Watch it on: Netflix


Normal People

Hulu’s adaptation of Sally Rooney’s hit 2018 novel has made waves for the prominence—and intensity—of its love scenes, but also noteworthy is how well the series utilizes its half-hour format to fit Rooney’s hazy, loosely structured story. The entirety of the series is focused on the on-again, off-again relationship between Marianne (Daisy Edgar-Jones) and Connell (Paul Mescal), who begin sleeping together secretly as teenagers in their small Irish town and whose lives and paths become closely intertwined. Lenny Abrahamson and Hettie Macdonald, who direct, give the show a dreamy, luminescent quality, while the episodes (written mostly by the playwright Alice Birch and Rooney herself) experiment with form and composition in a way that’s deeply watchable.

Watch it on: Hulu


Ramy

The first season of Ramy introduced the central character (created and played by Ramy Youssef), who’s trying to reconcile his hyphenated identities as a Millennial American and a Muslim. Over 10 episodes, Youssef explored both the specific experiences of his Egyptian American family in New Jersey and the universal question of desire—where it comes from and what it can cost. (The juxtaposition was often funnier than it sounds: Youssef’s background is in stand-up comedy, and some of Ramy’s more humiliating experiences played on his propensity to stereotype people as much as anyone else might.) In the forthcoming Season 2, Mahershala Ali plays Sheikh Ali, a new spiritual teacher to whom Ramy attaches in his imperfect efforts to commit to his faith.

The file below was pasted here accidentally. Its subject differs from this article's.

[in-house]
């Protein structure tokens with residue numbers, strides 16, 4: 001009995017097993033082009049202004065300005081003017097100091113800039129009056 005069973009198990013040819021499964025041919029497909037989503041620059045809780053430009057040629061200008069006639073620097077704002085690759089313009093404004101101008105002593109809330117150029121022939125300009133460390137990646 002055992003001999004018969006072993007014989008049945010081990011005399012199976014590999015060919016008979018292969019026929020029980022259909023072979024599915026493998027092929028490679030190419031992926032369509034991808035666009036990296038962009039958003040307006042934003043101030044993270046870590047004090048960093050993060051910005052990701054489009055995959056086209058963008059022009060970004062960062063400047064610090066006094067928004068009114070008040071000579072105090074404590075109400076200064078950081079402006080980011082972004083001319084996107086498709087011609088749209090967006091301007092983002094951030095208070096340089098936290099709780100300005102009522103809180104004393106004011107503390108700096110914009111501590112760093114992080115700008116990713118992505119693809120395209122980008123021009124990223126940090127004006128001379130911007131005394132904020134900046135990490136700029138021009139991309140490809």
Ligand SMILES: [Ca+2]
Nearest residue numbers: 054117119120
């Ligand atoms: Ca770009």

Watch it on: Hulu


Shows That Get Weird

JESSICA BROOKS / AMAZON
Homecoming

When Sam Esmail’s eerie thriller (an adaptation of the hit podcast of the same name) debuted in 2018, it felt distinctive for a number of reasons: its star (Julia Roberts in her first major TV role, playing Heidi, an administrator at a government facility for soldiers who’ve returned from combat); a winning performance from Stephan James as one of Heidi’s charges; and Esmail’s extravagant use of split screens, aspect ratios, and music to give the series a Hitchcockian flair. Teased out over five hours, the central conspiracy of Homecoming was unsettling and stylishly rendered. Season 2, which debuted on Friday, under-employs Janelle Monáe in a smaller and less ambitious story that spins off from the first season, and Joan Cusack joins as a ruthless military higher-up.

Watch it on: Amazon


Maniac